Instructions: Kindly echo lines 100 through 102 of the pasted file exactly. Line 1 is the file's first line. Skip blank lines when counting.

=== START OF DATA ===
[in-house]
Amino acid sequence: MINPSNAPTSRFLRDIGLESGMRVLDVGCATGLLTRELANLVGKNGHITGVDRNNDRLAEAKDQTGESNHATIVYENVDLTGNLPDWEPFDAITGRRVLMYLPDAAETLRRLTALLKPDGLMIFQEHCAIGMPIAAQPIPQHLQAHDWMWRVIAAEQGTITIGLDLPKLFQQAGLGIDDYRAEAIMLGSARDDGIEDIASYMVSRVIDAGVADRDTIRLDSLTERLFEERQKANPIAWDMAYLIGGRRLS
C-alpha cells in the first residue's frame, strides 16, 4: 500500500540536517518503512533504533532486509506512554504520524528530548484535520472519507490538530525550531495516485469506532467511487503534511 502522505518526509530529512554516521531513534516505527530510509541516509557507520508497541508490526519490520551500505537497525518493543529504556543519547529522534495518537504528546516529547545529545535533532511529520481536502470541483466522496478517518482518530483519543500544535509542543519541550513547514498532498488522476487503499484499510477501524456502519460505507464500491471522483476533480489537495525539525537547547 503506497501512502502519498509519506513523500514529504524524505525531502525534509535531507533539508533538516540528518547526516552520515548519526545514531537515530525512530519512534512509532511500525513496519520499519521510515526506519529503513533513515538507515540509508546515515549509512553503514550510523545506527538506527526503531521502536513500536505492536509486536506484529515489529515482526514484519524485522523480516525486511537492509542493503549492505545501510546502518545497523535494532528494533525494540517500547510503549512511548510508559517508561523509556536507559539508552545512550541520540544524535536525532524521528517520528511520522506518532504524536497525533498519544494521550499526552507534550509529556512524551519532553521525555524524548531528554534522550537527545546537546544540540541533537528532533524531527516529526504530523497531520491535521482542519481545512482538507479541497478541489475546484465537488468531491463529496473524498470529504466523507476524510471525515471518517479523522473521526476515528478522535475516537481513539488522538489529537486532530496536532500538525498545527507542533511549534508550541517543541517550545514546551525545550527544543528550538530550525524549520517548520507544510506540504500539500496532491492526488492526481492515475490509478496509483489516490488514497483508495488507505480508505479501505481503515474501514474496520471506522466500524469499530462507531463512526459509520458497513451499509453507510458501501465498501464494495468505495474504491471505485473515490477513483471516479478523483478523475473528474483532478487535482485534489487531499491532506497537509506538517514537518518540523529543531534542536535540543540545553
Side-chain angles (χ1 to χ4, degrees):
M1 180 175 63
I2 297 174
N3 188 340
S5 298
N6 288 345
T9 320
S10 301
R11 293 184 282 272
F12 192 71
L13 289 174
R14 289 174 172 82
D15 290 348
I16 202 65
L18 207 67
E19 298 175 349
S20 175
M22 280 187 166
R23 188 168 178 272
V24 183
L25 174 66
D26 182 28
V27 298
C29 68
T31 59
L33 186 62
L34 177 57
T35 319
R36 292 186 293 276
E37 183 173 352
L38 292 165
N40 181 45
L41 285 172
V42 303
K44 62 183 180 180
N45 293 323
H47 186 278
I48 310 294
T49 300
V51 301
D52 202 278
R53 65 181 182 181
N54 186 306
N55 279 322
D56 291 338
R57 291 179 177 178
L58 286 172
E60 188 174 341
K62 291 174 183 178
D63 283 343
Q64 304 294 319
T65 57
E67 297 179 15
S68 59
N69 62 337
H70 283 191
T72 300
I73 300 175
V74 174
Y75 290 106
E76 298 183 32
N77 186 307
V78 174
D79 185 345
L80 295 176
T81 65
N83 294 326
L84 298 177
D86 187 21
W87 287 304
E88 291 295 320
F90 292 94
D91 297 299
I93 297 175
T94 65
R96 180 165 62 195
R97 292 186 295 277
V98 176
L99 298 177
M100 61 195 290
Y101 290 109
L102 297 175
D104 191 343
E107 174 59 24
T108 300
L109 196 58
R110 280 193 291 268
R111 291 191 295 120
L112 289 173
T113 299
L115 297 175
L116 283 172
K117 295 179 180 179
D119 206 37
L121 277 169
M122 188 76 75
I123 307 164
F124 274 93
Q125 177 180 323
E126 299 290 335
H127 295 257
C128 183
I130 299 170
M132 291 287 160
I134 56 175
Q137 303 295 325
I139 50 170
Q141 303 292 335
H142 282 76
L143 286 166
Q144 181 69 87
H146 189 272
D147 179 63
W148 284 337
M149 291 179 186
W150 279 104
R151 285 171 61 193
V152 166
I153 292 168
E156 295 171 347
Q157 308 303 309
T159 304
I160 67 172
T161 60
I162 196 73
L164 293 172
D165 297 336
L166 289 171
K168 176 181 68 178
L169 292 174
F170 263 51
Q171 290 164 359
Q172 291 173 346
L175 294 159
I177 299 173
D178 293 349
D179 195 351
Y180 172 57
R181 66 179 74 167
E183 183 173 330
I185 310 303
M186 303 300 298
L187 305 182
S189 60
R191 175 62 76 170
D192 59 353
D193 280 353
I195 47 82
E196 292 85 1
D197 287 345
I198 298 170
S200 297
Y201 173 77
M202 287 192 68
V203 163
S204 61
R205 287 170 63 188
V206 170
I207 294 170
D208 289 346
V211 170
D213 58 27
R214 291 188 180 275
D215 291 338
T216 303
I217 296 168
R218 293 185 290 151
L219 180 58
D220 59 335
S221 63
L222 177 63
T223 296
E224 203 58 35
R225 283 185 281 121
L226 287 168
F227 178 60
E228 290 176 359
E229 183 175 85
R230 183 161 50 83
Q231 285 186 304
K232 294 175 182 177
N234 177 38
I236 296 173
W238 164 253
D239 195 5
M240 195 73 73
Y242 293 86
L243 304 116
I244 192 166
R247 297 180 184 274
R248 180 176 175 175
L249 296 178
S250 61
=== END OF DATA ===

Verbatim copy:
I123 307 164
F124 274 93
Q125 177 180 323